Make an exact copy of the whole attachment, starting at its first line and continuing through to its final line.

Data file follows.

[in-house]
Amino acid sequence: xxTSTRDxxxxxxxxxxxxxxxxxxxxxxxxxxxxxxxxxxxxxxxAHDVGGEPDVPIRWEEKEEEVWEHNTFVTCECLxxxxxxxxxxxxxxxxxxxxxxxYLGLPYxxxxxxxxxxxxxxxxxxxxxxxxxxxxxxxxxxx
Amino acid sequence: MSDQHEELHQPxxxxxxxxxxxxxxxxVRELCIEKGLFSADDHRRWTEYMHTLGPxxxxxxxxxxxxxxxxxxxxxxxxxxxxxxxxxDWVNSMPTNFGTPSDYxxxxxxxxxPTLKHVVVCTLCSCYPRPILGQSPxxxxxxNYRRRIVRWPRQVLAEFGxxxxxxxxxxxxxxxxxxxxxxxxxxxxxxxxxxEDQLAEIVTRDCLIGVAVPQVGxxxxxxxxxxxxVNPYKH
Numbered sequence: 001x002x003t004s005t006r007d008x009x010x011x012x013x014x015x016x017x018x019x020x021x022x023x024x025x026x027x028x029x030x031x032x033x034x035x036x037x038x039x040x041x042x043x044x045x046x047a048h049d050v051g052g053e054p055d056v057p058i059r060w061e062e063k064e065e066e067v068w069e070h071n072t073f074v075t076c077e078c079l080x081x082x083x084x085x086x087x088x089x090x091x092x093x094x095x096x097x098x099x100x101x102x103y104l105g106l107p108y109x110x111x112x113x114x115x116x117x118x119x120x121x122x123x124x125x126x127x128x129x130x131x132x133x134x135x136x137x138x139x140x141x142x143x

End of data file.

[in-house]
Amino acid sequence: xxTSTRDxxxxxxxxxxxxxxxxxxxxxxxxxxxxxxxxxxxxxxxAHDVGGEPDVPIRWEEKEEEVWEHNTFVTCECLxxxxxxxxxxxxxxxxxxxxxxxYLGLPYxxxxxxxxxxxxxxxxxxxxxxxxxxxxxxxxxxx
Amino acid sequence: MSDQHEELHQPxxxxxxxxxxxxxxxxVRELCIEKGLFSADDHRRWTEYMHTLGPxxxxxxxxxxxxxxxxxxxxxxxxxxxxxxxxxDWVNSMPTNFGTPSDYxxxxxxxxxPTLKHVVVCTLCSCYPRPILGQSPxxxxxxNYRRRIVRWPRQVLAEFGxxxxxxxxxxxxxxxxxxxxxxxxxxxxxxxxxxEDQLAEIVTRDCLIGVAVPQVGxxxxxxxxxxxxVNPYKH
Numbered sequence: 001x002x003t004s005t006r007d008x009x010x011x012x013x014x015x016x017x018x019x020x021x022x023x024x025x026x027x028x029x030x031x032x033x034x035x036x037x038x039x040x041x042x043x044x045x046x047a048h049d050v051g052g053e054p055d056v057p058i059r060w061e062e063k064e065e066e067v068w069e070h071n072t073f074v075t076c077e078c079l080x081x082x083x084x085x086x087x088x089x090x091x092x093x094x095x096x097x098x099x100x101x102x103y104l105g106l107p108y109x110x111x112x113x114x115x116x117x118x119x120x121x122x123x124x125x126x127x128x129x130x131x132x133x134x135x136x137x138x139x140x141x142x143x